Mothering is so deep, so intimate, so personal. Even if it’s solely the profundity of the grief and there’s no way to connect yourself to any sense of fault, the grief all by itself is big enough to swallow you whole. While you grieve, blame and guilt are normal emotions. But when it is your child, it is so easy to blame yourself.

After the loss of our baby, I was consumed with guilt. I knew 100 percent it wasn’t what the Lord wanted me to feel or believe, but there it was. Bigger than me. Bigger than my ability to pray it away or “truth talk” it away. Me and this monster guilt lived together for some time, until eventually, the Lord who is bigger than any guilt we can experience, removed it. But there was an agonizing time where I waited on Him to rescue me from it.

I also had long term health effects from the miscarriage. They were (and as some remain, are still) the most unwelcome reminders of our loss. They impacted my ability to do the things I wanted to do, carry the responsibilities I wanted to carry, and changed parts of me against all effort to the contrary. So when I say you are not defined by this grief, don’t think I say it flippantly. I know the loss of a child can and often does change us physically, emotionally, and spiritually.

It is a fact that you can die of a broken heart. After extreme stress, the heart muscle can suddenly be weakened with no other explanation for it beyond intense stress.

The loss of a child has been ranked as the most stressful event of the human experience. Studies have found that mothers in particular are prone to physical and physiological changes after the death of a child. Doctors refer to “Maternal Bereavement Effect” to explain the 329 percent increase in the “hazard of mortality” that follows a mother’s loss.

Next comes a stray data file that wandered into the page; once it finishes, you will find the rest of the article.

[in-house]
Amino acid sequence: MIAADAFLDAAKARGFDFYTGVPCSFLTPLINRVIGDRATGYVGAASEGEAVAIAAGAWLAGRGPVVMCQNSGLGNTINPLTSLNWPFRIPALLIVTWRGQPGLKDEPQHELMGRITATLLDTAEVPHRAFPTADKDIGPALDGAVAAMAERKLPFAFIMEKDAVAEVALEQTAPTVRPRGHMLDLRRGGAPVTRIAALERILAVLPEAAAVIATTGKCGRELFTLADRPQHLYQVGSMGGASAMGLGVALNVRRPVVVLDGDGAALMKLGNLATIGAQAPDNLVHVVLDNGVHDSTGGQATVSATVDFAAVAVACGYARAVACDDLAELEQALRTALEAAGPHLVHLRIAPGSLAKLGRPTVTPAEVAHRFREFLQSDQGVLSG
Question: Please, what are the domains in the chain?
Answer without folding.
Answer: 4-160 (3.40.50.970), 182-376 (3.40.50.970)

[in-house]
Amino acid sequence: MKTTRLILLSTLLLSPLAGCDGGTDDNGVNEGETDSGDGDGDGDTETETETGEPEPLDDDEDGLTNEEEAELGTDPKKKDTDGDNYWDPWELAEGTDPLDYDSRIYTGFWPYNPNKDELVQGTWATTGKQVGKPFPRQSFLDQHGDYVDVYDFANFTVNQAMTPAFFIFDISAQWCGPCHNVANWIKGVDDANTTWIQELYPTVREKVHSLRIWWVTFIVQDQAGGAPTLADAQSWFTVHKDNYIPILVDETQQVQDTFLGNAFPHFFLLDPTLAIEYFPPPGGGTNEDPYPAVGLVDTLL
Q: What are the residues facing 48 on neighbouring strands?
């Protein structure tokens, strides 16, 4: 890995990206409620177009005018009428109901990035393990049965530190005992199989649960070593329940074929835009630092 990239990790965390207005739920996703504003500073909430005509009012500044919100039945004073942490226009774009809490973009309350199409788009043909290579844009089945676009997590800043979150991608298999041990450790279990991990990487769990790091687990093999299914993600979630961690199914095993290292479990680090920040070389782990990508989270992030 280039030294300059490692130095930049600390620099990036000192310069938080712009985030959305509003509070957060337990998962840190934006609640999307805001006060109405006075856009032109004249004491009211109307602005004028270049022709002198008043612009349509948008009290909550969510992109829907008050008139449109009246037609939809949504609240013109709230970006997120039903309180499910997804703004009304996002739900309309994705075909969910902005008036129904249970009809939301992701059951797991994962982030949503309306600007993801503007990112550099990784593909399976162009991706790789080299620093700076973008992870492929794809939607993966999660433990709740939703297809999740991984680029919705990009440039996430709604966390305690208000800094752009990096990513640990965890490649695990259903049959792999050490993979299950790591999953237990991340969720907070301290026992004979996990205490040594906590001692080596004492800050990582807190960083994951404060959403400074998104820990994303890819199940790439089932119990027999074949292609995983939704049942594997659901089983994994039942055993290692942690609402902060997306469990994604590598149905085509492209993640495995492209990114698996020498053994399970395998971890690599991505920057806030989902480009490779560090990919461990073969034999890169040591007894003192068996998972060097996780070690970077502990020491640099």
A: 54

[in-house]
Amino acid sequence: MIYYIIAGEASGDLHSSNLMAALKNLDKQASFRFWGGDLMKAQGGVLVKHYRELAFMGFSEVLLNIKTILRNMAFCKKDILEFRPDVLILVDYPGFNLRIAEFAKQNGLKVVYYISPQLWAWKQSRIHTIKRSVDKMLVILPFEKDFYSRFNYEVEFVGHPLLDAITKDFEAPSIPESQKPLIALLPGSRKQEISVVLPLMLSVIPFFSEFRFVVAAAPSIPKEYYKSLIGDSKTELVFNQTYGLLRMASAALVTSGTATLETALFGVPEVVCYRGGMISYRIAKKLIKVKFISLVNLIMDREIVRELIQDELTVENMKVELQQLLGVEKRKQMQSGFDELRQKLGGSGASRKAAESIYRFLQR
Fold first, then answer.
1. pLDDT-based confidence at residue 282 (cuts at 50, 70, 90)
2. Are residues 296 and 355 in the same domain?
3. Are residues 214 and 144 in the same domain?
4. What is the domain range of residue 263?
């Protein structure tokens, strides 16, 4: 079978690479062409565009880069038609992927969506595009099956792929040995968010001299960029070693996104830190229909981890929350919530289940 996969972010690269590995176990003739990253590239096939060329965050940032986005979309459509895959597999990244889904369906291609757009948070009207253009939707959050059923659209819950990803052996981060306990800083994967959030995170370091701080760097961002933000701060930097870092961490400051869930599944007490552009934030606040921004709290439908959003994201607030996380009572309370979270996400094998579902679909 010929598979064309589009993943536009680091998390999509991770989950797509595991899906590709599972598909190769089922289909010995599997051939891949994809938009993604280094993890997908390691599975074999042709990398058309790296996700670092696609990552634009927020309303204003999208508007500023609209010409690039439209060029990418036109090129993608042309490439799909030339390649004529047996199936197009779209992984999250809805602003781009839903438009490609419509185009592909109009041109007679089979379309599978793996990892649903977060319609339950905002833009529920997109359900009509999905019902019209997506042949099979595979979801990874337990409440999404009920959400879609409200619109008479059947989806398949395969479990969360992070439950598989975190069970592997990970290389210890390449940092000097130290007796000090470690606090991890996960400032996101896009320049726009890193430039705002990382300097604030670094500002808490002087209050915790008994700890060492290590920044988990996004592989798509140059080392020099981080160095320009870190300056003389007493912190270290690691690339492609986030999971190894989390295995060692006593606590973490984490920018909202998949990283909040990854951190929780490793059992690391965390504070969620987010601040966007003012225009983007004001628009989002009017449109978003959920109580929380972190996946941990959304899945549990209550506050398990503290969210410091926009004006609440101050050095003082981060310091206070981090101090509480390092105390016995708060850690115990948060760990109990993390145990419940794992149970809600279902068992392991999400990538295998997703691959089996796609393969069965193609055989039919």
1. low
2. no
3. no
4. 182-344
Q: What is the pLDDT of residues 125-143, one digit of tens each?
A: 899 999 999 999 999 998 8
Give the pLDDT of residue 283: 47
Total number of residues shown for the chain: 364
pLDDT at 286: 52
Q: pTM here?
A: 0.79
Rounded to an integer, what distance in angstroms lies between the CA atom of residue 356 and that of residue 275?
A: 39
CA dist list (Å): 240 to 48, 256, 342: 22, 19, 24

In every sense, the loss of a child deeply threatens to change and thus define us. Marriages and family dynamics often struggle as grief overshadows the relationships until the family itself is defined by the loss. There is so much to grief we can’t control but we can, at the very minimum, ask for prayer for protection for us and our relationships from being defined by the grief process.

It is a point of pondering that could be debated, but after the loss of David and Bathsheba’s son, we don’t see him lead his family as one would hope. While it is true that his sin brought certain consequences to him and his family, I’ve heard some Bible scholars mention that it was a sad turning point in his spiritual leadership. As if he sort of deflated and never fully stood back up all the way again.

I’m not dogmatically saying David’s grief caused him to half-heartedly lead his family. Perhaps his grief over his sin caused that more than grief over the death. Perhaps that’s not what happened at all. Maybe he was indeed fully restored within himself and his leadership, and it’s just not entirely spelled out in Scripture. But it is a reality that child loss, because it is so deep and so potentially defining, can derail the way we care for or connect with the rest of our family. And maybe David’s experience can serve as a warning for us.

You are defined by your God. It is part of His Lordship in your soul. It’s His place as your Creator. Your circumstances, no matter how big they are, cannot define you. Don’t make your grief your god by giving it that place. While losing your precious child is lasting and deep, it is not the whole of you.